view expressed in
v Cosack and others
that rectification and unilateral
mistake are mutually exclusive concepts.

[55] It is trite that one of the
requirements to be met for rectification to be granted is (and again
the plaintiff bears the onus) that there was a mistake in drafting
the document.
When the letters were drafted on
25 November 2005 and 29 November 2005 suggesting the involvement of
Mrs Diekmann, and the reply was done on 30 November 2005, the
defendant did not know that Heidrun Diekmann Lifestyles CC did not
exist and that it ought to have been Elephant Empire Trading CC,
which has since become the present plaintiff. It is conceded by the
plaintiff in its pleadings that Heidrun Diekmann Lifestyles CC was
non- existent when the alleged written part of the contract was
The insertion thereof is
attributed to a mistake by either the present plaintiff or Mrs

[56] There is force in the
argument that all the confusion there is in this case about just who
contracted with whom is of the making of Mrs Diekmann. It is common
cause that all references in the documents she says constitute the
written agreement with the defendant for the provision of interior
design services, refer to her acting in a personal capacity or
non-existent Heidrun Diekmann Lifestyles CC. Her case now is
was a mistake: It should actually
have been a reference to Elephant Empire Trading CC that had since
changed its name to the present plaintiff.

[57] Just to demonstrate the
confusion, Mrs Diekmann testified in her evidence in chief that at
the first meeting with some directors of the defendant (also partners
of Lorentz & Bone) she introduced herself to Mr Claus Hinrichsen(
a senior partner), and Mr Böttger, as being there on her own
behalf. She testified:

I also just want to point out that it was very clear that I was there
my own behalf
That was an entity represented,
that I came in the name of Elephant Empire Trading or in my own name
I, Mr Barnard introduced me as an interior designer who works for

[58] In just this one paragraph
of four lines we see the confusion being created by Mrs Diekmann. Was
she there in her personal capacity or was she representing a close
corporation? She could not have been both. The claim included both
until the one in her personal capacity was disallowed at the
absolution stage because she testified that she never really intended
to contract in her personal name. In considering the alleged mistake
made justifying rectification, one cannot disregard Mrs Diekmann’s
own evidence: In cross-examination she testified that it was not her
intention to contract in her own name for the provision of interior
design services. She testified
that she always intended to
contract with the defendant on behalf of a close corporation
(Elephant Empire Trading CC). She went on to say it was a ‘common
error’ (i.e. common to both her and the defendant) that the
latter close corporation was not named as the provider of the
interior design services for a fee. She added
that she also told Mr Lindemeier
that she wanted a fee to be included for interior design on behalf of
the close corporation. With all this evidence that that is what she
always wanted to do, there is not even as much as one word just why
she in all the relevant correspondence refers to herself acting in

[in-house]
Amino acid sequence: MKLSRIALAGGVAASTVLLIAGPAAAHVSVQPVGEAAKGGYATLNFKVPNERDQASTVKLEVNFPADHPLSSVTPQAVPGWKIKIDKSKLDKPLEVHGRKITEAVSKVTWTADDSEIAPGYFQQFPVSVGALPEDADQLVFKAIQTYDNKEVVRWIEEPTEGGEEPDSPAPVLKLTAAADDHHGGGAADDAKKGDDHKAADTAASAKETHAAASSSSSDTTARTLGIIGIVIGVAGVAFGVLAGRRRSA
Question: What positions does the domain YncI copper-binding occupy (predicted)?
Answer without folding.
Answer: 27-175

her personal capacity or used a name of a close corporation (Heidrun
Diekmann Lifestyles CC) that did not exist. There is also no
explanation just when Mrs Diekmann became aware that she made a

[59] I come to the conclusion
that the plaintiff has failed to discharge the
in establishing that there was a
mistake common to the parties that Elephant Empire Trading CC, not
Mrs Diekmann personally, was the entity the parties wanted to provide
interior design services. The claim must therefore fail.

[60] Even if I am wrong in that
and it be found that there was indeed a proper basis laid in fact and
law for rectification, I must, as I pointed out already, be satisfied
that the plaintiff on a preponderance of probabilities established
that she had rendered an interior design service to the defendant and
that there was in fact consensus between the parties for the
rendering of such services in the first place.

[61] Where there are
irreconcilable factual disputes and differences between the parties
the test I must apply is that set out in
Farmers’ Winery Group Ltd and Another v Martell et Cie and
The test was applied by Heathcote AJ in
v Minister of Education, Sports and Culture and Another
The test is that in resolving factual disputes the court must take
the following approach:

  1. It must make credibility
    findings on the respective parties’ factual witnesses based on
    stated criteria;

  2. It must determine the
    reliability of the factual witnesses also based on stated criteria;

  3. It must consider the
    probabilities involving an analysis and evaluation of the
    probability or improbability of each side’s version on the
    disputed issues.

  4. Where the credibility issues and
    the probabilities are equipoise, the probabilities prevail.

[62] On the material issues on
which the parties’ versions are mutually destructive, I must
make credibility findings and consider too where the probabilities
lie. In order to find for the plaintiff the Court must be satisfied
that the defendant’s evidence is false and that of the
plaintiff true. I am unable to come to such a conclusion in favour of
the plaintiff. The defendant’s witnesses gave their evidence in
a clear and coherent manner and made concessions where the
circumstances called for but explained why, in the case of Messrs
Ruppel and Böttger, such concessions were not inconsistent with
the tenor of the defendant’s case that there was no contract
for an interior design service and that no such service was
delivered. Not only are the probabilities not evenly balanced